Pilgrims were in need of refuge and care, and so the Spedale (a sort of combination-hospitality and healthcare center) set up some lands where they grew food for the numerous visitors.
Another hospitality and refuge area was the Leonini Gardens, accessible through three different entrances, with one of them right in front of the church of Santa Maria Assunta. All was well within easy reach for weary travellers, from physical rejuvenation to that of the more spiritual variety.
The Leonini Gardens, created by the architect Diomede Leoni, are a beautiful example of an Italian-style garden, where the boxwood hedges forming a Malta cross give way to a holly oak wood.Watching over the garden, where its more contrived and natural elements meet, is the two-faced statue of Giano, a divinity that Romans commonly placed at intersections as a symbol of good fortune.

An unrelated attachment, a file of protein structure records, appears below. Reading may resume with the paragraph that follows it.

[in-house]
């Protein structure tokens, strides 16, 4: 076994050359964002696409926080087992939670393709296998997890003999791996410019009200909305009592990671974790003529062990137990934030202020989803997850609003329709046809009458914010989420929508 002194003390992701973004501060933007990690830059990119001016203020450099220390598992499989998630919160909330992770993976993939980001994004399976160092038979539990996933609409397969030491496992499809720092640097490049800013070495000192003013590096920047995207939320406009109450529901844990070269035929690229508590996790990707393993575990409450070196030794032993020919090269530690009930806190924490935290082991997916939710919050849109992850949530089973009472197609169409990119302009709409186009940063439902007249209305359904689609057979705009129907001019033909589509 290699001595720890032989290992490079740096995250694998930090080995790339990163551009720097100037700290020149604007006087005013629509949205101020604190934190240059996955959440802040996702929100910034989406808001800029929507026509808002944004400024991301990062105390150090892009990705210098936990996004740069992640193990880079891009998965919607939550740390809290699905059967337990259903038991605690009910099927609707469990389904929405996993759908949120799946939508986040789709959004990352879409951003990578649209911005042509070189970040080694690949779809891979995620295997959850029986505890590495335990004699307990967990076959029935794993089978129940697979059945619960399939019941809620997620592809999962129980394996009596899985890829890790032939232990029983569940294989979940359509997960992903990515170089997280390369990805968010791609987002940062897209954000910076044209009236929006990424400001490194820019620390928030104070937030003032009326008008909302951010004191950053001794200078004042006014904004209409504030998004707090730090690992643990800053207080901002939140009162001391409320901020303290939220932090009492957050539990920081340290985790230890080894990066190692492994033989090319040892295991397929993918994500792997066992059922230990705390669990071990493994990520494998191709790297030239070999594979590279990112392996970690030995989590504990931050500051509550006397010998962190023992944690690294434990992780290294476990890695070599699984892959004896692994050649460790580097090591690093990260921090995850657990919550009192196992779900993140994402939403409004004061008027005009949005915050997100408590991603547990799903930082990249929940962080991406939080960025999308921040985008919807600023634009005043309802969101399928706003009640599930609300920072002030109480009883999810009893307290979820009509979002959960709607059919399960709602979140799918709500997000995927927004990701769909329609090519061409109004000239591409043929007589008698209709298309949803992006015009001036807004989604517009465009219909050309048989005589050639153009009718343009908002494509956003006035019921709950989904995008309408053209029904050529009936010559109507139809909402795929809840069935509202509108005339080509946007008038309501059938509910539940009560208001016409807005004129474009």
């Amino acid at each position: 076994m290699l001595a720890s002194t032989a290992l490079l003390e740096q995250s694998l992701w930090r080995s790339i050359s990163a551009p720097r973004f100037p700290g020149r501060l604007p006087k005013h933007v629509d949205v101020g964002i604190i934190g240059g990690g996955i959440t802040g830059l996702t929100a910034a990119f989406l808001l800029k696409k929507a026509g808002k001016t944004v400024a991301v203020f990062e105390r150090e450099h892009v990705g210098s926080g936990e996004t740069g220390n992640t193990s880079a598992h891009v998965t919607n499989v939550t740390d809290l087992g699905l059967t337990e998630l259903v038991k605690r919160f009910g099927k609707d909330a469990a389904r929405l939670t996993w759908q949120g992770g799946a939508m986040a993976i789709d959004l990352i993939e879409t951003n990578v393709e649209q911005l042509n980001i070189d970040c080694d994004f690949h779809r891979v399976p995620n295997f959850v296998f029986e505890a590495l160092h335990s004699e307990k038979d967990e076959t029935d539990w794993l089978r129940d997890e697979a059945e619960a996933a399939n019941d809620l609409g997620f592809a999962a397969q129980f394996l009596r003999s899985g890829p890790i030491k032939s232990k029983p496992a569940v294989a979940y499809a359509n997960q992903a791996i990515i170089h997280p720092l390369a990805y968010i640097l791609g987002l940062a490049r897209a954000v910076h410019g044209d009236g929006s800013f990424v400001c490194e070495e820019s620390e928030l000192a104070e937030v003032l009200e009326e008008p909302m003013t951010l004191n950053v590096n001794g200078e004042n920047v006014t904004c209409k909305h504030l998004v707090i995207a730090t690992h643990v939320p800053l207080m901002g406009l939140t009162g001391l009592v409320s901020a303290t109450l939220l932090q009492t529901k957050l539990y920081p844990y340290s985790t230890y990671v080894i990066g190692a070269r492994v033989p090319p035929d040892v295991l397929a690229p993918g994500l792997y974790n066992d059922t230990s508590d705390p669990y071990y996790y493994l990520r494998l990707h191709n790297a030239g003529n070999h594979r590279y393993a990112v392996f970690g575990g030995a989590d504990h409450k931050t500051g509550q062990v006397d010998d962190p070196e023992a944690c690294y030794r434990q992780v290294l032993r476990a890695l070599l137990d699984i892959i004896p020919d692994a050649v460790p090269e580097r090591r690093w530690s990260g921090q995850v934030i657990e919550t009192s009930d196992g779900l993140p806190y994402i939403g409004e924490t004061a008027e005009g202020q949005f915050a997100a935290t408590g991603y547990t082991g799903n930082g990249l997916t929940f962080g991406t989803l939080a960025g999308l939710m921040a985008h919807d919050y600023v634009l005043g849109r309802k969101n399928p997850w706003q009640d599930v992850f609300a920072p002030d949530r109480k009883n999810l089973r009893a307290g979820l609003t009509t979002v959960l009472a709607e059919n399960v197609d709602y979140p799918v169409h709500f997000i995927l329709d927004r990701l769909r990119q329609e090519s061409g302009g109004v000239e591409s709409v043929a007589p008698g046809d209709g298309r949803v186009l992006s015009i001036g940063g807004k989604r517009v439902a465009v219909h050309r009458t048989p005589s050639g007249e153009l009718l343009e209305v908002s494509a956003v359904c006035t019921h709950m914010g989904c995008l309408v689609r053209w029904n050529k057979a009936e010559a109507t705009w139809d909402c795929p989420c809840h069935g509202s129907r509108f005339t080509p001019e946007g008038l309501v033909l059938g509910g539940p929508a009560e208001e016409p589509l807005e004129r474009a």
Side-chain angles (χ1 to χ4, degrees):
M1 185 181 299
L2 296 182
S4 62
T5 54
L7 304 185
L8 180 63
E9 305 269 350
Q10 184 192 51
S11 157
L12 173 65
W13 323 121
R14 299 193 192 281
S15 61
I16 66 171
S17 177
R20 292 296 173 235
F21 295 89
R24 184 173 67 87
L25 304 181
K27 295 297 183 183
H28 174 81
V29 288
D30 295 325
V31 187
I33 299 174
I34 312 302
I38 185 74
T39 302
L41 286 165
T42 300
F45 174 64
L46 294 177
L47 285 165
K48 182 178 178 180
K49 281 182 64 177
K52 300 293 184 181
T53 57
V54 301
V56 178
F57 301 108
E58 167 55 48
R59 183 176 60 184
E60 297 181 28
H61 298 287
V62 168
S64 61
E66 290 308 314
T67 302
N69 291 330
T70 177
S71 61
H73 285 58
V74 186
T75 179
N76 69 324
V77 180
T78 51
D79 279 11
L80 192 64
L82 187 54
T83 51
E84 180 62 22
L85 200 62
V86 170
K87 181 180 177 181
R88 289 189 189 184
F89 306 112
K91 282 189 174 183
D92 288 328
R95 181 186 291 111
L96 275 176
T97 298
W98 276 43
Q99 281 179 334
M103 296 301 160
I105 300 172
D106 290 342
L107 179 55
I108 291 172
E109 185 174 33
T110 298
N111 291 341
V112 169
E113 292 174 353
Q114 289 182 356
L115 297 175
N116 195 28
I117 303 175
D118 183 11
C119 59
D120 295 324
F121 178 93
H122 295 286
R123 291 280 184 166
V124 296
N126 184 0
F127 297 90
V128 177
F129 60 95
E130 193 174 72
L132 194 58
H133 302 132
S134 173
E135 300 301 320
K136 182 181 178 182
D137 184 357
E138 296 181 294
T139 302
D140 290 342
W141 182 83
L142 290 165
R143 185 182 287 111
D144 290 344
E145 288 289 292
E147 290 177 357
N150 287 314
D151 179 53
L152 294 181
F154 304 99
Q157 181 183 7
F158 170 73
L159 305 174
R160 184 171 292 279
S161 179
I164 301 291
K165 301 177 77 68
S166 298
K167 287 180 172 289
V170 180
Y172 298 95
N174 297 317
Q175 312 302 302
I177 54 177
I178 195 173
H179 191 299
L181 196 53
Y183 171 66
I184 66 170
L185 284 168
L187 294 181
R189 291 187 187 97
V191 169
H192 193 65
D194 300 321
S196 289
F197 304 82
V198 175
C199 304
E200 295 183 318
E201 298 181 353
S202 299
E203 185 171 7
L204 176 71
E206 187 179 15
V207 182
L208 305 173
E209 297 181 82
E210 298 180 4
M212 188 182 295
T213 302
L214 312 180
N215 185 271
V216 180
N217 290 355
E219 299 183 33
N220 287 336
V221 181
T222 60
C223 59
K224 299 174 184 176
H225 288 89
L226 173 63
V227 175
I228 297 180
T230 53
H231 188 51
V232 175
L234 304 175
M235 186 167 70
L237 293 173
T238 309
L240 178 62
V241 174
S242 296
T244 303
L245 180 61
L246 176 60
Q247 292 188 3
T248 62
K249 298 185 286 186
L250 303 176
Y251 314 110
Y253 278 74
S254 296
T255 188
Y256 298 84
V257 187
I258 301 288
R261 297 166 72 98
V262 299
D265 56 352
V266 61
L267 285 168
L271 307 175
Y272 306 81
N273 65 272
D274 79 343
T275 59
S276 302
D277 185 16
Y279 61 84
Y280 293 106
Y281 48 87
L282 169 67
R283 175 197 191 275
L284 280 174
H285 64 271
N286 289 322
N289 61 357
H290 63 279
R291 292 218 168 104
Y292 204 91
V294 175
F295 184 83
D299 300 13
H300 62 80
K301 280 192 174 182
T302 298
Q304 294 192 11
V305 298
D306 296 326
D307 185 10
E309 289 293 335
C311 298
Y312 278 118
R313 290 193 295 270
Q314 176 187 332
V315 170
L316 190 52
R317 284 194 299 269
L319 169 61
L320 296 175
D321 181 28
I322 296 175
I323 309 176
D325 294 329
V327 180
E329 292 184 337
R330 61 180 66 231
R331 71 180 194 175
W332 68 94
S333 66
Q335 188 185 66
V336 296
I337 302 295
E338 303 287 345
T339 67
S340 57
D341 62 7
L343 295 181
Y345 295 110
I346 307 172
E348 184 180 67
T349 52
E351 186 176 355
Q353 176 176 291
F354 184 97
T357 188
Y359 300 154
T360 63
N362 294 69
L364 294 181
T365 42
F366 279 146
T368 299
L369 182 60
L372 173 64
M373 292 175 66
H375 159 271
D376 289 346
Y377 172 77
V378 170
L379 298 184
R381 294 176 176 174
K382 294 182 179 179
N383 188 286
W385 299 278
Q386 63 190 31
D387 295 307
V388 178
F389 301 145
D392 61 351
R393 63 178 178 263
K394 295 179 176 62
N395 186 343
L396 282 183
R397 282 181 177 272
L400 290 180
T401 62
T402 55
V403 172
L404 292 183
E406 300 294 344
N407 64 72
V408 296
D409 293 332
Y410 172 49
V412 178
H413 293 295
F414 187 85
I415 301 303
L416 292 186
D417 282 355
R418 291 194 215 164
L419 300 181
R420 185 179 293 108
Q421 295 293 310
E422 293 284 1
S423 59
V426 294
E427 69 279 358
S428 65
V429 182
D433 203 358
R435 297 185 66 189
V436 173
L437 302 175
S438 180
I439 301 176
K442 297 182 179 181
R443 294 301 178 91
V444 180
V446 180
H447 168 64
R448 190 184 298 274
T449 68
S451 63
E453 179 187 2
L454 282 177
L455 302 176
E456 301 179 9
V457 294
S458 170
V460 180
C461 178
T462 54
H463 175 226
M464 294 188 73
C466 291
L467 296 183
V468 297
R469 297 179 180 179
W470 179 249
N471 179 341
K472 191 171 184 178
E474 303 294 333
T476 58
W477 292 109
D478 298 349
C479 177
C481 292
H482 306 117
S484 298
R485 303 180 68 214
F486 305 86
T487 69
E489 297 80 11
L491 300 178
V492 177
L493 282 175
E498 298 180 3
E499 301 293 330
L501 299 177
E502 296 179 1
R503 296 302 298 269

People can enter freely into the Gardens, and it’s been this way since the beginning, because this was always a place aimed at offering pilgrims quiet spiritual respite.